How to Get the Most out of Awana

 

Awana in 2010-2011

 

Seven ways to prepare kids for a memorable year of learning and growth

This fall, more than 25,000 churches worldwide welcome nearly 1.5 million children and youth to a new Awana ministry year.

Is your child one of those million-plus kids?

If your answer is yes, you’re making a crucial investment in his long-term spiritual maturity. A survey of alumni who participated in Awana for six or more years showed they were more active as adults in all areas of their faith than the rest of their generation – even more active than the nation’s most committed churchgoers.

All parents want to see their kids own a lasting faith in Christ. So, how can your children get the most out of their Awana experience? Just like a new school year, it requires preparation and a plan.

Here are seven steps you can take to gear up your son or daughter for a memorable year of learning and growth in Awana.

1. Learn about Awana

New to Awana? Take time to discover what Awana is about. We help churches and parents work together to raise spiritually strong children and youth who faithfully follow Jesus Christ. We offer weekly programs for ages 2 to 18 that are tailored to each age group and grow kids spiritually right where they are.

How old are your kids?

  • If your child is 2 or 3, learn about our Puggles program.
  • If she’s 4 or 5, check out Cubbies for preschoolers.
  • If she’s in early elementary school, look into our Sparks club.
  • If she’s between third and sixth grade, she would attend T&T.
  • Our Trek program is for middle-school youth.
  • Our Journey program is for high-school students.

2. Locate Awana at a church near you

If you’re ready to enroll your child in Awana but don’t know where to find a local Awana ministry, check out our Awana locator. After you enter your ZIP code, you’ll receive a list of churches closest to you that offer Awana. The locator even lists which age-specific weekly programs each church runs. (Churches can choose to operate all of our weekly programs or just specific ones based on their needs.)

The locator includes each church’s address, phone number and website, if applicable, so you can contact churches for more information.

3. Help your child get the most out of Awana

One of the chief goals of Awana curriculum is to give children a biblical foundation for faith in Christ. We offer tools to equip your kids to learn as much as possible from God’s Word, though the best resource is a consistent routine where your child and you work on Awana lessons together (or individually if your child is older).

To help your child memorize Bible verses, you can get a handbook music CD. These CDs put verses to song so your child can learn verses more easily through catchy tunes. We also offer parent handbooks that allow you to study the same lessons your kids are learning in Awana. These books give you insights and ideas for teaching these Bible truths to your children.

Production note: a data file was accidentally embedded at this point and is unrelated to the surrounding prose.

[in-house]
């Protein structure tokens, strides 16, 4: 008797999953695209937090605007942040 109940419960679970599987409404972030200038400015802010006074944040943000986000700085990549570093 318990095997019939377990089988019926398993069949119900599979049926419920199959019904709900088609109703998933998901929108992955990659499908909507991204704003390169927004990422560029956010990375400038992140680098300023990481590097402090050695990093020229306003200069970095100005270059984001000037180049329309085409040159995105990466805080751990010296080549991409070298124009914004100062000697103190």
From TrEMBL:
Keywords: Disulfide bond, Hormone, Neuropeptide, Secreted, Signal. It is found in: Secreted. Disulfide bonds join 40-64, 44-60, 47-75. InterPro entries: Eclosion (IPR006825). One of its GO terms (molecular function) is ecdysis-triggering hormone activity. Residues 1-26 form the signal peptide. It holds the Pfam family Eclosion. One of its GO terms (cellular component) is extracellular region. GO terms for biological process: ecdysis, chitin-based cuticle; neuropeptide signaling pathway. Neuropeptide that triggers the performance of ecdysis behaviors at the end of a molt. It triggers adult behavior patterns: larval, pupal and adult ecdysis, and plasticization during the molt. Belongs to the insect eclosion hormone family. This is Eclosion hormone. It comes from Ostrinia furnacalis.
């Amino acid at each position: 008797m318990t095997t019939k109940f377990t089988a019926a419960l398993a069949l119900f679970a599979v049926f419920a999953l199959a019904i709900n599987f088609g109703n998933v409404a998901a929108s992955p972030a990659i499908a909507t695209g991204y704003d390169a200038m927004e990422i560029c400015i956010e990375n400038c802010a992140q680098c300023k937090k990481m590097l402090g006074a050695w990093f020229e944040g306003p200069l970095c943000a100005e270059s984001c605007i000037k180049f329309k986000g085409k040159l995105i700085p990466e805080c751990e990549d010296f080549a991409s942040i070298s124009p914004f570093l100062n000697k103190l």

4. Get to know your child’s Awana leaders

The local-church Awana volunteers who work with your kids each week play a critical role in your children’s spiritual development. They serve in Awana to support your own efforts as your kids’ primary spiritual leader.

Awana leaders make a significant commitment of time and energy to your children’s spiritual growth. Take time to get to know them. Encourage them, support their efforts and share with them key details about your children that will help them work more effectively with your kids. This relationship will prove to be mutually beneficial.

5. Pray for your child’s participation in Awana

Your children won’t get anything out of Awana unless God is part of the process. Your consistent prayer is vital to inviting God’s work in their Awana involvement.

Here are some ways you can pray:

  • For open hearts and minds to the teaching of God’s Word
  • For motivation to learn Bible verses, study Scripture, complete curriculum and participate enthusiastically in weekly gatherings
  • For Awana leaders to positively impact your kids’ spiritual development
  • For your kids to respect their Awana leaders and build healthy relationships with them
  • For the Bible truths your kids are learning to take root in their hearts and impact their faith, character and attitudes
  • For Awana to be a fun and dynamic place that your kids are eager to attend
  • For your kids to build friendships in Awana with peers who will positively influence them
  • For you and your spouse to work with your kids on their Awana curriculum and help them understand the truths they’re learning

6. Invite other kids to Awana

Awana is designed to be an easy outreach opportunity for your kids. Awana is built to be fun so that children and youth can confidently invite non-churched friends from school and their neighborhood to come with them.

Make this the year your kids bring a carload of peers to Awana with them – or at least one friend. Here’s a practical way to get started:

Search: Identify friends that don’t know Jesus.
Ask: Ask God for them to be able to come to Awana.
Link: Be a link to Jesus – invite friends.
Transport: Give them a lift to Awana!

7. Start family nights

Awana is only one tool in a child’s spiritual development. It isn’t meant to meet all of your child’s spiritual needs. Deuteronomy 6:4-9 is clear that parents must lead their kids’ spiritual growth.

Do you need a good place to start this process? Try an Awana at Home Parent Kit. These kits make it easy for families to spend 30 to 60 minutes together learning Scripture and growing spiritually. Parent kit family nights could quickly become the best night of your week.

This entry was posted on Wednesday, September 1st, 2010 at 4:56 pm and is filed under Awana. You can follow any responses to this entry through the RSS 2.0 feed. You can leave a response, or trackback from your own site.

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